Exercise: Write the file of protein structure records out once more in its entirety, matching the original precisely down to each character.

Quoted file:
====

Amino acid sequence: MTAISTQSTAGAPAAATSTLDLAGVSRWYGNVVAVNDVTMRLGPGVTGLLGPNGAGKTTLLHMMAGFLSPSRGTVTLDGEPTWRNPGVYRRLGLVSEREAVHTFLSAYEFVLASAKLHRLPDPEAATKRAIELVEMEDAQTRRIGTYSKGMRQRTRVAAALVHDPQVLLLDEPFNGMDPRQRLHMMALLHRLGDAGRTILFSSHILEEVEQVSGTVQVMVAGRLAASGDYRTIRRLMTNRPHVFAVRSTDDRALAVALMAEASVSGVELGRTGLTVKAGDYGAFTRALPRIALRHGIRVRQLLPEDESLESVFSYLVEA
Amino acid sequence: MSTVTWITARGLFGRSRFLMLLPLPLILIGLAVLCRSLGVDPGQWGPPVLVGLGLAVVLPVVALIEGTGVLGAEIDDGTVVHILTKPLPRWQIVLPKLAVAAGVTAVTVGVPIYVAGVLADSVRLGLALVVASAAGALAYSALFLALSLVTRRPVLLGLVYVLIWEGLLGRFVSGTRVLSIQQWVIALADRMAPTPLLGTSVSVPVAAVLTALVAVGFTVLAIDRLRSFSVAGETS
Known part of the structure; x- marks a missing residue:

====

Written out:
Amino acid sequence: MTAISTQSTAGAPAAATSTLDLAGVSRWYGNVVAVNDVTMRLGPGVTGLLGPNGAGKTTLLHMMAGFLSPSRGTVTLDGEPTWRNPGVYRRLGLVSEREAVHTFLSAYEFVLASAKLHRLPDPEAATKRAIELVEMEDAQTRRIGTYSKGMRQRTRVAAALVHDPQVLLLDEPFNGMDPRQRLHMMALLHRLGDAGRTILFSSHILEEVEQVSGTVQVMVAGRLAASGDYRTIRRLMTNRPHVFAVRSTDDRALAVALMAEASVSGVELGRTGLTVKAGDYGAFTRALPRIALRHGIRVRQLLPEDESLESVFSYLVEA
Amino acid sequence: MSTVTWITARGLFGRSRFLMLLPLPLILIGLAVLCRSLGVDPGQWGPPVLVGLGLAVVLPVVALIEGTGVLGAEIDDGTVVHILTKPLPRWQIVLPKLAVAAGVTAVTVGVPIYVAGVLADSVRLGLALVVASAAGALAYSALFLALSLVTRRPVLLGLVYVLIWEGLLGRFVSGTRVLSIQQWVIALADRMAPTPLLGTSVSVPVAAVLTALVAVGFTVLAIDRLRSFSVAGETS
Known part of the structure; x- marks a missing residue: